Tough Week For The Euro
It’s been a tough end to the week for the euro, with soft growth in eurozone Gross Domestic Product (GDP) during the first quarter revealed on Thursday, followed by a sell-off on Friday in Greek bonds.
By Peter Martin
Friday, May 16, 2014
Eurozone GDP grew at just 0.2% in the first quarter of the year, according to the flash estimate from Eurostat, which was released on Thursday. This was beneath the consensus estimate of 0.4% and takes year-on-year growth to a still-sluggish 0.9% after 0.5% in the previous quarter. With European Central Bank (ECB) President Mario Draghi having dropped hints that action could be taken by the central bank at its June monetary policy meeting, this latest result will, if anything, have boosted expectations of further stimulus measures.
While the ECB remains most concerned over low inflation, the softness of the economic recovery, particularly in France and Italy where no growth was reported, is unlikely to produce any inflationary pressures. Merchandise trade data released on Friday provides some background detail, with exports declining 0.5% in March which will have been a contributing element in the weakness of the first quarter recovery. The ECB governing council is set to meet on June 5 and although the exchange rate of the euro is not an explicit policy target of the central bank, the fact remains that despite pulling back from multi-year highs against the dollar since the last ECB meeting, a stronger euro and its effects on constraining exports amidst a low inflation environment will remain a serious concern.
In Greece, yields on 10-year bonds rose 5 basis points, despite the Greek government denying on Thursday that it had introduced retroactive taxation on foreign holders of Greek government bonds. Local elections are to be held in Greece this weekend with European elections the weekend after, adding to the uncertainty surrounding the euro at the moment.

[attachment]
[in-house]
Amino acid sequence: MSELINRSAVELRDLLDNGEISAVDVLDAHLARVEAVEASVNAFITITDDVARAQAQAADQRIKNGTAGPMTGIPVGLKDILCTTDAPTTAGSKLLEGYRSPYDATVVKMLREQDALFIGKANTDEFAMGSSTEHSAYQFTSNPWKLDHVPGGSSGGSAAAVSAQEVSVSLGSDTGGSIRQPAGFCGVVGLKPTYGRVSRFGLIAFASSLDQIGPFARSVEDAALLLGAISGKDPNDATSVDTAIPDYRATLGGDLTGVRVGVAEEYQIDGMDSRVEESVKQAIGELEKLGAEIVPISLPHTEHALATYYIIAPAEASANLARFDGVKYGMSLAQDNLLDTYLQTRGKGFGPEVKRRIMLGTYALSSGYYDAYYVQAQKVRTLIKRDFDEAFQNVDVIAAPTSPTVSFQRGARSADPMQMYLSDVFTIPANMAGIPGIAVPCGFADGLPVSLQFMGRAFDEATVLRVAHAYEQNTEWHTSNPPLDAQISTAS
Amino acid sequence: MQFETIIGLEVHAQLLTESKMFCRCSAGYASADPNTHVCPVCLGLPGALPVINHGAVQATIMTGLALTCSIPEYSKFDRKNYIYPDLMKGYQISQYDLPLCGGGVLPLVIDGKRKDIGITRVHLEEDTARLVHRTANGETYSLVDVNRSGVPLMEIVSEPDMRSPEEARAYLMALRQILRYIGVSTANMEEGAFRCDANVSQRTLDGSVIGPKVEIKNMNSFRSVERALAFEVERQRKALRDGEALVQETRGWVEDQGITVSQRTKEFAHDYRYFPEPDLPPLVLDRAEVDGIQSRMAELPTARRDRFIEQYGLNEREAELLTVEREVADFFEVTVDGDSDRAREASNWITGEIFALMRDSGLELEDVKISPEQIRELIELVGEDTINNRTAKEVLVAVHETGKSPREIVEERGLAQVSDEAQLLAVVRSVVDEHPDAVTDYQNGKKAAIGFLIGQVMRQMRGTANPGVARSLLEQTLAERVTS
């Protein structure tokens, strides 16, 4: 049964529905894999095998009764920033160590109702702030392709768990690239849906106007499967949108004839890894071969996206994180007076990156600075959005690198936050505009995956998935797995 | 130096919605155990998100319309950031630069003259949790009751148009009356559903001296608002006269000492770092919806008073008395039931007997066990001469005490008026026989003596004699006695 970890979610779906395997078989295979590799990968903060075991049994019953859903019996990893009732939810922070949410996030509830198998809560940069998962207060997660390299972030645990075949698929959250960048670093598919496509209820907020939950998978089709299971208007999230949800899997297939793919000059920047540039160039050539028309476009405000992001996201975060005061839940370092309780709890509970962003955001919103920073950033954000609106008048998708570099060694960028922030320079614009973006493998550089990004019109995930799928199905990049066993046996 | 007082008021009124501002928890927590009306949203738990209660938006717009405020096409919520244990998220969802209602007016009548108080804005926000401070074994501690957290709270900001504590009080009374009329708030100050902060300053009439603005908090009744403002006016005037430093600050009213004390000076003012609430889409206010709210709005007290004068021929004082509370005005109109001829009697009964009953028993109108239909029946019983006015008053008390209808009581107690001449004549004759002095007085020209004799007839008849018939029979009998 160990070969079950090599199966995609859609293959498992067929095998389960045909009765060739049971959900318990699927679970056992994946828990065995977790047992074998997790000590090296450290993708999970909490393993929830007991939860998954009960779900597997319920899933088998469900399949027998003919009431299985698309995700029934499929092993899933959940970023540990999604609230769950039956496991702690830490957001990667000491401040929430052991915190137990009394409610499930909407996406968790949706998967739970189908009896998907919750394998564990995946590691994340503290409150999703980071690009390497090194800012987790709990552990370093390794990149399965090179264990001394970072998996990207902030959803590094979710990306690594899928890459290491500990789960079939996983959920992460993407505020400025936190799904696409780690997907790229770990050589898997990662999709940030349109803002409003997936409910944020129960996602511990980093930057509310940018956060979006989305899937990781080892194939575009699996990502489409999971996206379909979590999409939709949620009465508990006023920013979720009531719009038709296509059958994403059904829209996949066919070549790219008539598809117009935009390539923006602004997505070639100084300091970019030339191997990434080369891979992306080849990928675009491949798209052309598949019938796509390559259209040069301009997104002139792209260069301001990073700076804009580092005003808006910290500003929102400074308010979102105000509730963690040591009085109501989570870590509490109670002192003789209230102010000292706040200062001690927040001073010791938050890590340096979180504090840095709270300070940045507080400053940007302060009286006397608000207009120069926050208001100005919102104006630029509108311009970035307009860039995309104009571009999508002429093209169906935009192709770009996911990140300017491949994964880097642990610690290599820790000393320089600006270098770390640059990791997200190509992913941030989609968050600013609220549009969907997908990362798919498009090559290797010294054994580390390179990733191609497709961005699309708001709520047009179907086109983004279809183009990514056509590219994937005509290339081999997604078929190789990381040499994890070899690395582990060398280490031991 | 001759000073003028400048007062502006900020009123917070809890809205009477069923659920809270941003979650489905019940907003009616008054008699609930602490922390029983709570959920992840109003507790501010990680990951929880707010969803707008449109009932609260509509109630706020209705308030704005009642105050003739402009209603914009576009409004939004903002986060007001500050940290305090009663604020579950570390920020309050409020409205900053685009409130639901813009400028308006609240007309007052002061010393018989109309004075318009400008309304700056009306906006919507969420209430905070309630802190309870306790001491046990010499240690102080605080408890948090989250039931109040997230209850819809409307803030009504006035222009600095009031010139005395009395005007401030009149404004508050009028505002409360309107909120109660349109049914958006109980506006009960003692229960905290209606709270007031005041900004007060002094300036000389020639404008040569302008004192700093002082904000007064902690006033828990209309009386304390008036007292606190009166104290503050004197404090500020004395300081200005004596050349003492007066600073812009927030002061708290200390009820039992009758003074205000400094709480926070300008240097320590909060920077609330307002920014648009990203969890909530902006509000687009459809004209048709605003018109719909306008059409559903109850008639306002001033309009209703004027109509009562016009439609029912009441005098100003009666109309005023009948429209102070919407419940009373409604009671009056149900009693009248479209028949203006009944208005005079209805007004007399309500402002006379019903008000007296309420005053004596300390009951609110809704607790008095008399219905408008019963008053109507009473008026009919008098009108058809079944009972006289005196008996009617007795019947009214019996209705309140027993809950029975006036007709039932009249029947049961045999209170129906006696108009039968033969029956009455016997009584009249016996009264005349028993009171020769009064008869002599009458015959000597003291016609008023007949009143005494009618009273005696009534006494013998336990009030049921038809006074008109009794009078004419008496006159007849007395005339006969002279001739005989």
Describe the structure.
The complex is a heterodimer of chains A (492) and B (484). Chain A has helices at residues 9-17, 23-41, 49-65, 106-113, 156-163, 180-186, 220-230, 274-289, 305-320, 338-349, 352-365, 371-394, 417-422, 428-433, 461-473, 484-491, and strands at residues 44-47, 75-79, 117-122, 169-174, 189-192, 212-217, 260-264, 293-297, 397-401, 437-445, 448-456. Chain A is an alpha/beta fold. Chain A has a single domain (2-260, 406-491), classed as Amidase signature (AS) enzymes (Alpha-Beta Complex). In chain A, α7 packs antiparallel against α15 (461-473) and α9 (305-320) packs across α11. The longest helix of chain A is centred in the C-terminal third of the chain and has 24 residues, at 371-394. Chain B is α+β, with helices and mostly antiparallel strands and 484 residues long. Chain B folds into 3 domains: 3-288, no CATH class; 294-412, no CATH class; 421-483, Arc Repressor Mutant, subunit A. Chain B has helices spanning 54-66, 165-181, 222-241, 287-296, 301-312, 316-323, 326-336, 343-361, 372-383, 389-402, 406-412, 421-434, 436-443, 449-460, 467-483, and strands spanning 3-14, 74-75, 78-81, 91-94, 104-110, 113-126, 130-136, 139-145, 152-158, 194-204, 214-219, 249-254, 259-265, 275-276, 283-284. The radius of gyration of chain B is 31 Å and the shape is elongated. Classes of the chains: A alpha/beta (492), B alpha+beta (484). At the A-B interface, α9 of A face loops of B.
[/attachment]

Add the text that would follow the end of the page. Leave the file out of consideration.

By early afternoon in New York, the euro was down 0.07% against the dollar at $.13700, on course at these levels for a decline on the week of around 0.4%. The dollar weakened against the yen and the British pound on Friday, despite some US housing data that was upbeat at the headline level. Housing starts jumped 13.2% in April, rising to a seasonally-adjusted annualized rate of 1.072 million from 947,000 in March, which exceeded expectations by some margin. The gains were nearly all in the multi-family component, however, with single-family homes creeping up just 0.8%, pointing to demand from renters for apartment buildings driving the growth. Permits gained 8.0%, but once again this was caused by strength in the multi-family component, with permits actually declining for single-family homes.
Overall, the report does point to spring weather providing a boost to housing construction, but any optimism from the housing report was overshadowed by signs that consumer sentiment is in decline. The University of Michigan’s mid-month reading of its index of consumer sentiment came in at 81.8, compared to the 82.6 seen in April’s preliminary reading and April’s final level of 84.1. Both the current conditions and expectations components dropped, which does not bode well for consumer spending this month. By early afternoon in New York, GBP/USD was up 0.24% at $1.6830, while USD/JPY was down 0.13% at Y101.45.
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